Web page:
Since the beginning of the year, economic data has continued to defy the recession calls of 2022. Therefore, it is unsurprising that economic data surprised analysts’ more dire predictions last year. Of course, given the underestimation of the economy previously, the risk of overestimation is now a real possibility.
The upgrading of estimates also contributed to the discussion of the Federal Reserve’s need to raise the “neutral rate.”
The neutral interest rate is:
“The real rate (net of inflation) that supports the economy at full employment and maximum output while keeping inflation constant.“
(Note: There is no accurate measure of the neutral rate, and it cannot be observed directly. In other words, it is a guess.)
The issue, as always, is that economists are looking at lagging economic data to make assumptions about the future. However, after over 40 years of rising debt levels, economic growth remains slowing. As shown, as debt issuance increased after each economic crisis since the turn of the century, economic growth rates declined. (I have projected the increase in debt based on the average quarterly debt growth since 2018.)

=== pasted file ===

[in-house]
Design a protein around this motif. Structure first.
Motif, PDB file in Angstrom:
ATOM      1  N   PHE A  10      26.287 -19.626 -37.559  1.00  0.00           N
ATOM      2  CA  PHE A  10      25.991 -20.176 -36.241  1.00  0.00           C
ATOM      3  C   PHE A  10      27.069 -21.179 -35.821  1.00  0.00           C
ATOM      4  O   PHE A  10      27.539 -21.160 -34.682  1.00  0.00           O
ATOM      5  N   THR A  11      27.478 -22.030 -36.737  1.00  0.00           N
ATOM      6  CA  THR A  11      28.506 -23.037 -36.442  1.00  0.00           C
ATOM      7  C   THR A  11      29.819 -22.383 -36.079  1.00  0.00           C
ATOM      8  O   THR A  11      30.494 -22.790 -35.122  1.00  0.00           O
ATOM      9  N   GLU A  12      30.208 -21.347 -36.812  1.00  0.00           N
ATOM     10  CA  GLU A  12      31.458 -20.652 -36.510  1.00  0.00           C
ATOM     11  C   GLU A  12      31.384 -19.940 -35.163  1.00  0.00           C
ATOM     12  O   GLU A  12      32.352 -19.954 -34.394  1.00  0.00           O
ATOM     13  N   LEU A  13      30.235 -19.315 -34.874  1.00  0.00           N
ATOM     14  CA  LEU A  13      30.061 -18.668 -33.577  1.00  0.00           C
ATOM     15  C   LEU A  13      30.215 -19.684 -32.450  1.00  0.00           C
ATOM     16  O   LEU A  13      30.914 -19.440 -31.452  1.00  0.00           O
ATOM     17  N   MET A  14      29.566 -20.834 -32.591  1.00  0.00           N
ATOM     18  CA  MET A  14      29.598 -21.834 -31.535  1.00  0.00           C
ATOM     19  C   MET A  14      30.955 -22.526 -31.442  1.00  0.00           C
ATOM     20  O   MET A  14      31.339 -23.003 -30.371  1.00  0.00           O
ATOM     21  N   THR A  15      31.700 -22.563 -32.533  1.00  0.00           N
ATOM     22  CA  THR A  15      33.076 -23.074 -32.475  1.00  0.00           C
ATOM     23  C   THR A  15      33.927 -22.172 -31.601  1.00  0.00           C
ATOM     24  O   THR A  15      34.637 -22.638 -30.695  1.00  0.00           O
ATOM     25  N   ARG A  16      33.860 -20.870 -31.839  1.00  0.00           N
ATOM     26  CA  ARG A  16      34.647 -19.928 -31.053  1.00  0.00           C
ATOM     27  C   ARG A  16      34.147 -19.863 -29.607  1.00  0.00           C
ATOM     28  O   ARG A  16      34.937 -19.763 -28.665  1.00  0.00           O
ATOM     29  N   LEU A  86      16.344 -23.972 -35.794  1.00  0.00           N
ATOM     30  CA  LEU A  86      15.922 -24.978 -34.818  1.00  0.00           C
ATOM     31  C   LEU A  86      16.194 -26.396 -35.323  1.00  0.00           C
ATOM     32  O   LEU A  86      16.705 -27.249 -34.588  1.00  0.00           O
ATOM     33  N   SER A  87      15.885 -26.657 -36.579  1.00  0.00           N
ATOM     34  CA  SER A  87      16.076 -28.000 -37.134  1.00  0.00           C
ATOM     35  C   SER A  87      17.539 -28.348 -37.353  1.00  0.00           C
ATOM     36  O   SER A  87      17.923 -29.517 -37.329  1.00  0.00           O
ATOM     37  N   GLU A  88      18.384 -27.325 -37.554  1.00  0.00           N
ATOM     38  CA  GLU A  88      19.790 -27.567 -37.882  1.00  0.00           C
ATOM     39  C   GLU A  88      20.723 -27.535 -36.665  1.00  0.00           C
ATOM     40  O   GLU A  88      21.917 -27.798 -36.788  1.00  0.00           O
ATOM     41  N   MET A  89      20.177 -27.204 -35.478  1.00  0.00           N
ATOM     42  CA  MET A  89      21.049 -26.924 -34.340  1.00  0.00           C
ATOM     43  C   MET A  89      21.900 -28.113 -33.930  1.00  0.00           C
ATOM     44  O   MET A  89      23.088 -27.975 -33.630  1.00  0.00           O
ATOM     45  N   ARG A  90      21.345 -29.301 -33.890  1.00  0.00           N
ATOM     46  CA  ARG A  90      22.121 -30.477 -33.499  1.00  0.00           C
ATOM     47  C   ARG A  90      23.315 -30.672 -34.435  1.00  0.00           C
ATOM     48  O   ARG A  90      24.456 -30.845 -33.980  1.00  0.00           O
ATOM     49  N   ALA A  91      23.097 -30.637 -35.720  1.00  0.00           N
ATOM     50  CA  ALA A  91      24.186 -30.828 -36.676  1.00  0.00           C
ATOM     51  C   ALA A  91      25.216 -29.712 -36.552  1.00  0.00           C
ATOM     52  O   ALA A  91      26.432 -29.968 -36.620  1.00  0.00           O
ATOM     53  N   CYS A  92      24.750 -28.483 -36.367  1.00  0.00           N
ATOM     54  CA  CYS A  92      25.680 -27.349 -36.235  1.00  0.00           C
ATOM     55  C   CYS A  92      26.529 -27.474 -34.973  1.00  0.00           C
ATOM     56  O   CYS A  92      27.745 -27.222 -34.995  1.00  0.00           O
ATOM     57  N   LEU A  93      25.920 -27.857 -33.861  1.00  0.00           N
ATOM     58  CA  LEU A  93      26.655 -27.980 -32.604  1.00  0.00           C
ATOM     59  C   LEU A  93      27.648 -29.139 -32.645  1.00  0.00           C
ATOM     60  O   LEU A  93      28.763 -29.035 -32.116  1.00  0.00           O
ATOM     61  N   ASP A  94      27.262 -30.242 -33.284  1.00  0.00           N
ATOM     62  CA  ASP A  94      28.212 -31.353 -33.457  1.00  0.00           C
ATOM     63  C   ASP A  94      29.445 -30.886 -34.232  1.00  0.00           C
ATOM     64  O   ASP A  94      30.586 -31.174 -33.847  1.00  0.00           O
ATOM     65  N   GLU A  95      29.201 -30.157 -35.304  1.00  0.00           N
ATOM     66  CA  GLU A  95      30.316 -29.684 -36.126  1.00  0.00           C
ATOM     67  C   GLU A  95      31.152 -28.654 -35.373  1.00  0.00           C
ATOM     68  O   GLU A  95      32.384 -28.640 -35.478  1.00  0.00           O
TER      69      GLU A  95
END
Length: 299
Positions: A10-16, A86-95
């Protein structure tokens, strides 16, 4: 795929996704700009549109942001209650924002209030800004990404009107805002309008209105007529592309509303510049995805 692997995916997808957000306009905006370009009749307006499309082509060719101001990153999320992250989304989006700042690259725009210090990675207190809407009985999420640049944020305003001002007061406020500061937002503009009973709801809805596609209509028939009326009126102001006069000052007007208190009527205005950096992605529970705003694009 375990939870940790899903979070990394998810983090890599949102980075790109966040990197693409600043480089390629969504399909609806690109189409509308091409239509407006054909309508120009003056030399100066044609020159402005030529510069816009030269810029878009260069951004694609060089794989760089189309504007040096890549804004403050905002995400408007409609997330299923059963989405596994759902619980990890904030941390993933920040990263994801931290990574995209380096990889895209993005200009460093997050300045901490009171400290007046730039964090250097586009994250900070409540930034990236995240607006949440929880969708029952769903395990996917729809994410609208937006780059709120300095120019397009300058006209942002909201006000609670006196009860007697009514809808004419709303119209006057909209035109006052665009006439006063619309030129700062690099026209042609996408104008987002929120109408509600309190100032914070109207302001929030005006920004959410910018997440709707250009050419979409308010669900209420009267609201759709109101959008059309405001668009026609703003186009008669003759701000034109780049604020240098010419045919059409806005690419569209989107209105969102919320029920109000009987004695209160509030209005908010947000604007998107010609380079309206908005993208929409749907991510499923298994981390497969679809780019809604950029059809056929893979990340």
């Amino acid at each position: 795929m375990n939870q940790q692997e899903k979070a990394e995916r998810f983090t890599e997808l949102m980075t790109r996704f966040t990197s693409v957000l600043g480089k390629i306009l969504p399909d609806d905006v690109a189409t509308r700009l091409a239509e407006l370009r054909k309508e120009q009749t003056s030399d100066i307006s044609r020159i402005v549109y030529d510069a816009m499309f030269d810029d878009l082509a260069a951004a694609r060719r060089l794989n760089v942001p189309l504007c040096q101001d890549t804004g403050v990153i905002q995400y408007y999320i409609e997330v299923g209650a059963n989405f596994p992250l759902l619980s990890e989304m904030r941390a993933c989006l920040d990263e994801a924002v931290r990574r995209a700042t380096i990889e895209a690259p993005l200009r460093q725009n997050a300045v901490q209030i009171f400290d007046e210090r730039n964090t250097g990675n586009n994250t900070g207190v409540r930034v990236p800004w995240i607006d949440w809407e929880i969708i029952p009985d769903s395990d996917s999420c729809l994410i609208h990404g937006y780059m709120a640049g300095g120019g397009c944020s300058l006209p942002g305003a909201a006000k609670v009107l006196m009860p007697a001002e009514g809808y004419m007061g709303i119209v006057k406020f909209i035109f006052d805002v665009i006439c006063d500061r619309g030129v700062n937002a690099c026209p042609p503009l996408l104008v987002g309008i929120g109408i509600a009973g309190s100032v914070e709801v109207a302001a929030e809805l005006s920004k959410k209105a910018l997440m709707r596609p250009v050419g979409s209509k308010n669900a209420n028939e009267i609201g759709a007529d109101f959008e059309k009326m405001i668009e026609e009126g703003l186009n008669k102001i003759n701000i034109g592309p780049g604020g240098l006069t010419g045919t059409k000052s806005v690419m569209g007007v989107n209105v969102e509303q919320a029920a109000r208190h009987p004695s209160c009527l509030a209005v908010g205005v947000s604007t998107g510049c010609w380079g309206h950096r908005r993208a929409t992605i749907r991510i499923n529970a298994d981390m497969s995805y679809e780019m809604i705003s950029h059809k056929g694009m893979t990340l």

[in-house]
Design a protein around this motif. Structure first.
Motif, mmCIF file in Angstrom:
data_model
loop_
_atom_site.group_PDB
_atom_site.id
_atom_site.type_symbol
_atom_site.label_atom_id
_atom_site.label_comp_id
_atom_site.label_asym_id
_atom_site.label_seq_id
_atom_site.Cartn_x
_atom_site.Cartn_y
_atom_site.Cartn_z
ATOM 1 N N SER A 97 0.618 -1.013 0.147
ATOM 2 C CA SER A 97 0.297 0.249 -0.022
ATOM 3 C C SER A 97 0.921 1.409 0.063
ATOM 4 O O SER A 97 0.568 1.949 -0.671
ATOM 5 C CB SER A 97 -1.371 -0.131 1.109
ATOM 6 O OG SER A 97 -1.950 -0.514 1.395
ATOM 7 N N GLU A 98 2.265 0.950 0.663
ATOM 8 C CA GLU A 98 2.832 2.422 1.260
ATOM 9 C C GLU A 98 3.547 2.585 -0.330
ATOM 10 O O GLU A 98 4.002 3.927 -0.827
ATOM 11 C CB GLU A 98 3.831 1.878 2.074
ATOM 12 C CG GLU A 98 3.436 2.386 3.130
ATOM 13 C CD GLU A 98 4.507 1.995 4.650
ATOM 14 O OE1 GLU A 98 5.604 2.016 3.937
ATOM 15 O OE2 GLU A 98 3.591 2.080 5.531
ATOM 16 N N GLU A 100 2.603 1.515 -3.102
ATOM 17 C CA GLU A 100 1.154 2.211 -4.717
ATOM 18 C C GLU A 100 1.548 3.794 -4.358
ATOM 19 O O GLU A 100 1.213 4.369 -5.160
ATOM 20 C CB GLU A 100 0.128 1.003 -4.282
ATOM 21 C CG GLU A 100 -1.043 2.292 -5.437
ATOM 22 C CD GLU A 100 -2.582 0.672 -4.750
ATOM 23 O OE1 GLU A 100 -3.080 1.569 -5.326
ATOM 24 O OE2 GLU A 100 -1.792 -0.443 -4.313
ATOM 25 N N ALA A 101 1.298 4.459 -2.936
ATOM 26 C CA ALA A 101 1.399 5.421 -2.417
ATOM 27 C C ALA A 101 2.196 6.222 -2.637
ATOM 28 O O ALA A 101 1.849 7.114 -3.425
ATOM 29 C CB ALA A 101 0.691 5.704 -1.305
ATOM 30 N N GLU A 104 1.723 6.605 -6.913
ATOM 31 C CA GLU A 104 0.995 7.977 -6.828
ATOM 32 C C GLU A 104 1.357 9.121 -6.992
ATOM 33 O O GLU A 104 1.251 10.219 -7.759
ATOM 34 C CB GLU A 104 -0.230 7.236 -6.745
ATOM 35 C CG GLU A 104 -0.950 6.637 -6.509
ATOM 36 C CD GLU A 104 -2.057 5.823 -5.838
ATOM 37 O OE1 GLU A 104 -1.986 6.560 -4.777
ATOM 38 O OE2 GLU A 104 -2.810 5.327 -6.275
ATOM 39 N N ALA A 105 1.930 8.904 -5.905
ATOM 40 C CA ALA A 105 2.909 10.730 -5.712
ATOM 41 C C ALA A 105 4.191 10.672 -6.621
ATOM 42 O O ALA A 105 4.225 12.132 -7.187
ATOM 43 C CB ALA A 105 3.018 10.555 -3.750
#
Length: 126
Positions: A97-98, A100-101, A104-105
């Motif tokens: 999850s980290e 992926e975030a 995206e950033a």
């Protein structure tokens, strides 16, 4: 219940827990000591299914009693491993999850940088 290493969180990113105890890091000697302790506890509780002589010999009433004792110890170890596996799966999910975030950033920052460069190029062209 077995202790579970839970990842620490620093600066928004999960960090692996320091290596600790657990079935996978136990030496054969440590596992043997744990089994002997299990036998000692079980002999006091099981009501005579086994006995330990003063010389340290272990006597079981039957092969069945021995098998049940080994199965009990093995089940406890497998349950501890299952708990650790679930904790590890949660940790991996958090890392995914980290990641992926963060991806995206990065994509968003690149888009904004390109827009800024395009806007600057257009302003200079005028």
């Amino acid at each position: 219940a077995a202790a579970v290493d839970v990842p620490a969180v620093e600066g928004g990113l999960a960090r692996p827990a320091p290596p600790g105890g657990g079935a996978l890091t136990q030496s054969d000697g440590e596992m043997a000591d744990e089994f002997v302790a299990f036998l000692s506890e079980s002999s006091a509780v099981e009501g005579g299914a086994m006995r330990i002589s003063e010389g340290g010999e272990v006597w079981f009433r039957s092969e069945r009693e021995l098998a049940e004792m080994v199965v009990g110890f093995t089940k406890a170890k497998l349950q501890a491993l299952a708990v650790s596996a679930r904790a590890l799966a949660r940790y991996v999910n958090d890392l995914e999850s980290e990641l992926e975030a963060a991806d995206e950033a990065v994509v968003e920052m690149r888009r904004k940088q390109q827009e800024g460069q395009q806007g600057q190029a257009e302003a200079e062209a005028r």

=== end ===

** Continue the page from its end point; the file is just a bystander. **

Naturally, if the economy grows at a slower natural rate, inflation and interest rates will ultimately match that growth rate. Furthermore, and most importantly, in the context of this discussion, avoiding a recession becomes increasingly challenging at lower growth rates.
While analysts become more optimistic about economic growth, the divergence of the economic data suggests increased risk to that outlook.